My Next Omega Speedmaster Is An Often Overlooked Model
Ever since the Speedmaster Dark Side of the Moon came out (in 2013), I’ve known I would need to acquire it at some point. I am not talking about one of the recent variations, but the original one. The OG of Dark Sides. Here’s my love letter to that watch.
This might come a bit unexpected, because my focus is collecting Omega Speedmaster Professional watches, or at least models that are in the line of Moonwatch descendants. And yes, I do have a Mark II, Speedmaster 125, Speedmaster LCD, Speedmaster X-33, etc. that are already the odd ones in my theme. When Omega introduced the Speedmaster Dark Side of the Moon in 2013, with its case diameter of 44.25mm, I was smitten by it. The all-black ceramic case, the ceramic dial, and, last but certainly not least, a beautiful in-house manufactured movement (caliber 9300). The perfect modern interpretation of an iconic chronograph.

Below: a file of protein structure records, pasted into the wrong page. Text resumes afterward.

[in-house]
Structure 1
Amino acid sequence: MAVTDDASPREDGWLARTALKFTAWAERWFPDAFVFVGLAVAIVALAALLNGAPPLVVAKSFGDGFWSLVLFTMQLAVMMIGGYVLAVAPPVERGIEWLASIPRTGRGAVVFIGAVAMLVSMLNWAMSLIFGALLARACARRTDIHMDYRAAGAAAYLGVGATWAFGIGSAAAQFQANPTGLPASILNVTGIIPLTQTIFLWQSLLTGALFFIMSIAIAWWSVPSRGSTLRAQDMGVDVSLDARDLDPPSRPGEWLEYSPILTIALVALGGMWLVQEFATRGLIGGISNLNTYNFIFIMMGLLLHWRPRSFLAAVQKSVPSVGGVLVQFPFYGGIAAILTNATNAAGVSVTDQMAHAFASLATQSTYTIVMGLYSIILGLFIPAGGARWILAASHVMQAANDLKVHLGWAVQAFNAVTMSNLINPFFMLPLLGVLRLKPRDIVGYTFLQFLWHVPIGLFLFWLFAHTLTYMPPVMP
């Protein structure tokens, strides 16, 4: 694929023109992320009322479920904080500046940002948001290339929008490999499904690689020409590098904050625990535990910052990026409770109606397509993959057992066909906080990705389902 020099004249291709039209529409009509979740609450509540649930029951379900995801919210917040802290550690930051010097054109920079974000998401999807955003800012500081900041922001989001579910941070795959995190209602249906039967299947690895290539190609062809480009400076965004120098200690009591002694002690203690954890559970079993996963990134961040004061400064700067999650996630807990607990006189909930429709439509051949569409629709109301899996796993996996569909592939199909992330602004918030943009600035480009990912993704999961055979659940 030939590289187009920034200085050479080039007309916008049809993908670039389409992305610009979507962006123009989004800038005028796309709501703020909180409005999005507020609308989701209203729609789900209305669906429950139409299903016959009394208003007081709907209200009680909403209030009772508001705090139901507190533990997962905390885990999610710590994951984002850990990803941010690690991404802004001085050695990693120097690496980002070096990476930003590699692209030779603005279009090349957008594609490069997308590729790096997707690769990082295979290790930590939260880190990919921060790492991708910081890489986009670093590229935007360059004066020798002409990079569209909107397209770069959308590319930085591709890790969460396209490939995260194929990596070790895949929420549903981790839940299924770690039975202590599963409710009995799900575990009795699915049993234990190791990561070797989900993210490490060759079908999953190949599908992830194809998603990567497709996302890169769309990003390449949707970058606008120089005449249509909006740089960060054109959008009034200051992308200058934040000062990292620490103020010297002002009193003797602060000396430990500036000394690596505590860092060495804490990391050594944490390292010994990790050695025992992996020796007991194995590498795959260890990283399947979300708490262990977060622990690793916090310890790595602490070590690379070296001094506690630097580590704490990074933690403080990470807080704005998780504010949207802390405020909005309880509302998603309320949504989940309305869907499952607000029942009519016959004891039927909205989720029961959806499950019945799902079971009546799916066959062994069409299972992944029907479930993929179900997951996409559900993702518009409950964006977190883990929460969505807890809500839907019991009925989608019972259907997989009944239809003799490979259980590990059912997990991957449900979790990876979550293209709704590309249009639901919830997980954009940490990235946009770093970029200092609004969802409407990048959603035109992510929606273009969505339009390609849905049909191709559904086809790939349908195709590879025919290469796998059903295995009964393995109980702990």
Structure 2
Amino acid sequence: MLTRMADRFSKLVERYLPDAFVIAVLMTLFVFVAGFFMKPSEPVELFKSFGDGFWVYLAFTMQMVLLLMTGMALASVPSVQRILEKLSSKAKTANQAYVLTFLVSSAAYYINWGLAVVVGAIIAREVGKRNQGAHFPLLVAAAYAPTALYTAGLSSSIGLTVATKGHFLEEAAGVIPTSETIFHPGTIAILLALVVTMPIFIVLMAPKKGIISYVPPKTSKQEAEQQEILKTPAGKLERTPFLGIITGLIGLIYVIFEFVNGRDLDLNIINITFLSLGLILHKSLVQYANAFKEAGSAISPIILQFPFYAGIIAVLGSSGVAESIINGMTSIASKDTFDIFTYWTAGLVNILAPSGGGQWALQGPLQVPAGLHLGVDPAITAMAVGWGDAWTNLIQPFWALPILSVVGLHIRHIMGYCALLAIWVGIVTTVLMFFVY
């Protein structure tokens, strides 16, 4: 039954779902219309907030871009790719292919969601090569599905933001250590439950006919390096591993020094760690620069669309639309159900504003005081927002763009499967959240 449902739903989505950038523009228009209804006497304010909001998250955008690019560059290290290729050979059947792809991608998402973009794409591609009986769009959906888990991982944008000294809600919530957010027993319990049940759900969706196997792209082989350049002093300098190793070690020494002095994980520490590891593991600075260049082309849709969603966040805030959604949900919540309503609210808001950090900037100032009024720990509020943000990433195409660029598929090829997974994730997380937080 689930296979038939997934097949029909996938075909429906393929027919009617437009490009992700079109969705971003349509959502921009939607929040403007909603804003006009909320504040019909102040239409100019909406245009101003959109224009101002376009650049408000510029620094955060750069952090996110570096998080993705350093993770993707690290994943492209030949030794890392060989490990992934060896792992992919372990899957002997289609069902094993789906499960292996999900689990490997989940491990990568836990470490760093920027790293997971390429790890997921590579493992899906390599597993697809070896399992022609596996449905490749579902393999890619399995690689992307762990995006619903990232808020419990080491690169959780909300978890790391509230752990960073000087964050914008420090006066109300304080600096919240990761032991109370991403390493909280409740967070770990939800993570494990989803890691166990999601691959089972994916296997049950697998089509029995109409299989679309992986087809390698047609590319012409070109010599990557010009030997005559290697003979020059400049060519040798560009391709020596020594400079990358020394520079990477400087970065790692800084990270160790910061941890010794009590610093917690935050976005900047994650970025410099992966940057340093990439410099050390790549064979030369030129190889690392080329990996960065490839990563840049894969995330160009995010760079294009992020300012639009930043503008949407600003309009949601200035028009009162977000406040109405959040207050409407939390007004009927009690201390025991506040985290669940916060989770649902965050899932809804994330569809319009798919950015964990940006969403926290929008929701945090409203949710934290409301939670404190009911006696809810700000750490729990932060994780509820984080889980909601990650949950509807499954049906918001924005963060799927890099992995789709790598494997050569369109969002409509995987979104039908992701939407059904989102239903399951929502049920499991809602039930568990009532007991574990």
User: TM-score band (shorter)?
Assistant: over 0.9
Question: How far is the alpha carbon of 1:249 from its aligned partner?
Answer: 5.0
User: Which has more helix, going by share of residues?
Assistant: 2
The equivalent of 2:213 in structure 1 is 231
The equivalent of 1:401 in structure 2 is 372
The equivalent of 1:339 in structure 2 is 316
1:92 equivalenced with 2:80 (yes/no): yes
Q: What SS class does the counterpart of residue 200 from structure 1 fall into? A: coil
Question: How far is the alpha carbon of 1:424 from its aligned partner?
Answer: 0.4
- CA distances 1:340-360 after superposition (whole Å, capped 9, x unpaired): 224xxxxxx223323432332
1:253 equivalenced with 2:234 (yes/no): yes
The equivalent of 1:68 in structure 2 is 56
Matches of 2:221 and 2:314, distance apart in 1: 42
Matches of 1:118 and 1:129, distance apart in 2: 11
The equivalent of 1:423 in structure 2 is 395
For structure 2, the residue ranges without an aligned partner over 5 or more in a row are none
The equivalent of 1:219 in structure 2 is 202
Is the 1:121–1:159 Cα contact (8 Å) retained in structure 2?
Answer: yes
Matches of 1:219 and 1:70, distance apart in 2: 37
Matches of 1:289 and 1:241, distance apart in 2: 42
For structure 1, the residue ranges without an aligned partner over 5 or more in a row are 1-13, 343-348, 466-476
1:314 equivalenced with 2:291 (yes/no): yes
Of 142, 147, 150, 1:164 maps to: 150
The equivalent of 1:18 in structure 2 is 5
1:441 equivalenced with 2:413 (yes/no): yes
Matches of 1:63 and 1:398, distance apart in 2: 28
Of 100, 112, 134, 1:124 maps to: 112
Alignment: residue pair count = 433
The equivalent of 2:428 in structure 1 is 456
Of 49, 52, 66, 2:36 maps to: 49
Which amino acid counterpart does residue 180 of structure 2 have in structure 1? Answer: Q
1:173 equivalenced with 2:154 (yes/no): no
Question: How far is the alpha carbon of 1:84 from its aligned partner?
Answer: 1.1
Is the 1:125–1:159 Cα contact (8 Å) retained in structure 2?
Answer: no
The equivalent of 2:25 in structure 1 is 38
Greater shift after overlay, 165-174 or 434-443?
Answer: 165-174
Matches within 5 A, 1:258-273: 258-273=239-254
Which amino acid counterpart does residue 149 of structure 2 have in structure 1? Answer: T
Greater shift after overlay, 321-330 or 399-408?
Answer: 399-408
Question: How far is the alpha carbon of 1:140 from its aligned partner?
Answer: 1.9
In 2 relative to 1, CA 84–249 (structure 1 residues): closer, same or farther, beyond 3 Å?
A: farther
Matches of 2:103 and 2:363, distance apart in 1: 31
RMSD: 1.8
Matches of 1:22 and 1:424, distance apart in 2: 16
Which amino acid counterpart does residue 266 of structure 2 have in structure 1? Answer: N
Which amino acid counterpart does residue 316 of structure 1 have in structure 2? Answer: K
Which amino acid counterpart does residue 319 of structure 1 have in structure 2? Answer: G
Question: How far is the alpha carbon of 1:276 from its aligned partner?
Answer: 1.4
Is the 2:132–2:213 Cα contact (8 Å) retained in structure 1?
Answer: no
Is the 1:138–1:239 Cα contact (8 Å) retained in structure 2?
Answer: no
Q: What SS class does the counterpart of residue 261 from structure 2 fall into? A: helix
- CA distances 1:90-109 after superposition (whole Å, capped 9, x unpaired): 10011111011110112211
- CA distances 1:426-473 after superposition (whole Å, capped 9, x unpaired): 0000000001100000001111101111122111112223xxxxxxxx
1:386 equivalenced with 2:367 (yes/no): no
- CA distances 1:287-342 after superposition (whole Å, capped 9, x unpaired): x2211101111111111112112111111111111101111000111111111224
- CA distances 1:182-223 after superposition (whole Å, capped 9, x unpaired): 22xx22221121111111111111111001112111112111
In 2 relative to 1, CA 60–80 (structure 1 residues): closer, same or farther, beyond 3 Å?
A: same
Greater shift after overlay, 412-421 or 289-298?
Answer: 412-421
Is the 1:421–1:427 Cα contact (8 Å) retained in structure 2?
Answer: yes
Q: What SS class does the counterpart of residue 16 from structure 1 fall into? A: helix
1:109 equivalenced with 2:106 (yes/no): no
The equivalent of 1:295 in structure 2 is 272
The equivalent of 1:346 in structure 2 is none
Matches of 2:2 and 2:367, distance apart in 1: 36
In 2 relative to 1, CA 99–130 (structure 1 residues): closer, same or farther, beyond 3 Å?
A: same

Omega Speedmaster Dark Side of the Moon
I was going through our big database of pictures that we took during all of our Speedy Tuesday events, and I noticed that there’s not one picture of someone wearing a Speedmaster Dark Side of the Moon. Yes, there are a few wearing the Speedmaster Dark Side of the Moon Apollo 8, which I still think is one of the best variations out there, but no one is wearing the original 2013 Dark Side of the Moon. It seems it is not the most loved watch among Speedmaster enthusiasts. While the Apollo 8 can be found on the wrists of several collectors, the Speedmaster Dark Side of the Moon (reference 3220.127.116.11.01.003) is clearly not perceived as interesting by die-hard Moonwatch collectors.
What makes the Speedmaster Dark Side so interesting?